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California’s famous Autobooks-Aerobooks store seeks new owner

Words: Elliott Hughes | Photos: Tina Van Curen

For more than 70 years in Burbank, California, a small, privately run bookstore called Autobooks-Aerobooks has been a haven and meeting place for those with a penchant for both wheeled and winged transportation. 

Founded in 1951, Autobooks-Aerobooks is an established feature of the state’s vibrant car culture, located just a stone’s throw from the world-famous Petersen Automotive Museum and the Mooneyes hot rod shop. 

“Burbank has been a car-culture hub since the 1950s, and being based there is one of the things that makes us truly unique. Autobooks is a store, but it’s also a place where car clubs and like-minded people can come to meet and socialise,” says co-owner Tina Van Curen. 

Tina then reveals that this is by no means unusual – legends of the US motoring scene often drop into the store to say hello and peruse the 6000 books lining the shelves

Tina then reveals that this is by no means unusual – legends of the US motoring scene often drop into the store to say hello and peruse the 6000 books lining the shelves

She purchased Autobooks-Aerobooks alongside her husband Chuck Forward in 2008, and the couple have been enthusiastically running the place ever since. 

“Chuck and I had been customers for a long time – we knew about the store before we even knew each other,” Tina explains. “We’ve always been involved with cars and the car community. My dad built hot rods, and I used to race Alfa Romeos. Chuck is an aerospace hydraulics engineer, and he’s also the president of the Citroën Car Club. The original idea was that we would run the store for a few years and then retire – that was 17 years ago!” she laughs.

Although they’ve had to wait much longer than they first thought, Tina and Chuck are now truly ready to embark on their next chapter and savour the well earned fruits of retirement. Consequently, the couple is looking to entrust the stewardship of the business to passionate new owners. 

It’s not the first time the store’s owner has faced the conundrum of passing it on to a new owner. Before Tina and Chuck, Autobooks was owned by Chet Knox, an automotive photographer and ardent member of California’s hot rodding community. Chet owned the store for six years, and only agreed to sell it after making the promise to his wife that once he turned 80, he would sell it and retire.

Tina says: “The first thing we did when we got the store was get it on the internet, and the online sales are continuing to grow – but that’s not our primary business. We had a book signing last weekend for a book about the history of the Road Kings Car Club, which did hot rodding in the San Fernando Valley – it’s very well known.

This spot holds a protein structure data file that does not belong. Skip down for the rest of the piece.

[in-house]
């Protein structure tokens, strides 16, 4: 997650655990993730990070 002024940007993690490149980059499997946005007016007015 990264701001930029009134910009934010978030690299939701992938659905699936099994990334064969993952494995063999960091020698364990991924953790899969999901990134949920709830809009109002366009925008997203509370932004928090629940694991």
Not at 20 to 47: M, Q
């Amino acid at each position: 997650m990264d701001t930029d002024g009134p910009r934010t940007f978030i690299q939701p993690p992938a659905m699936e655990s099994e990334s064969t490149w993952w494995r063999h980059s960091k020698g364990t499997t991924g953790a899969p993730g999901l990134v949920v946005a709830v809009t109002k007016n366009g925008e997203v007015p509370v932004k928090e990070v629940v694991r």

“Some of the early Road Kings members are very famous drag racers – Rob Morales, Don Prudhomme and Tommy Ivo – they all started out in the Road Kings, and a bunch of them were at the book signing.”

Tina then reveals that this is by no means unusual – legends of the US motoring scene often drop into the store to say hello and peruse the 6000 books lining the shelves. 

“Ed Pink basically started building engines in our neighbourhood way back when; he’s 94 now, and still comes to the store. So does Ed Iskenderian and he’s 102! The tradition is still there, the San Fernando Valley is still a place where there’s a lot of automotive activity, and a lot of the people involved are local people.”

Testament to that is the fact that the store’s most famous patron, world-renowned petrolhead and comedian Jay Leno, has his own space at the front of the store.

“Jay comes by once a week, and he’s such a nice guy with everybody. He comes to our Saturday morning Cruise In car shows, looks at all the cars and talks to everybody. He also really appreciates people who work on their own cars,” Tina continues.

“The best part about owning the store has been meeting a lot of interesting and nice people. One of the fun things that happens is that somebody will be looking for a particular book about a car, and then somebody else will say, ‘Oh, I have one of those – you should join our club!’ It happens all the time. You make a lot of friends here.”

Clearly, Autobooks-Aerobooks has been a huge part of Tina and Chuck’s lives, but Tina explains that a huge benefit of retirement is the chance to enjoy car culture from a new perspective:

“I intend to volunteer to help some people write their books, and I also have some car trips planned. I would love to spend a week in New England for Audrain Car Week, and it would be silly for us to go across the country for just two days! We’re not leaving the car community at all, we will just have more time to do things when we don’t have to run the store anymore.”

While it’s sad that Tina and Chuck’s tenure as the owners of Autobooks-Aerobooks is at an end, it’s heartening that the couple will make sure the next owner, whoever they might be, has the same passion and reverence for the place that they do.

“The next owner has to be someone from the automotive community, who wants to carry it on. We got into it that way, and so did Chet. I’m sure that we will find the right person – but until we do, I will be there.”

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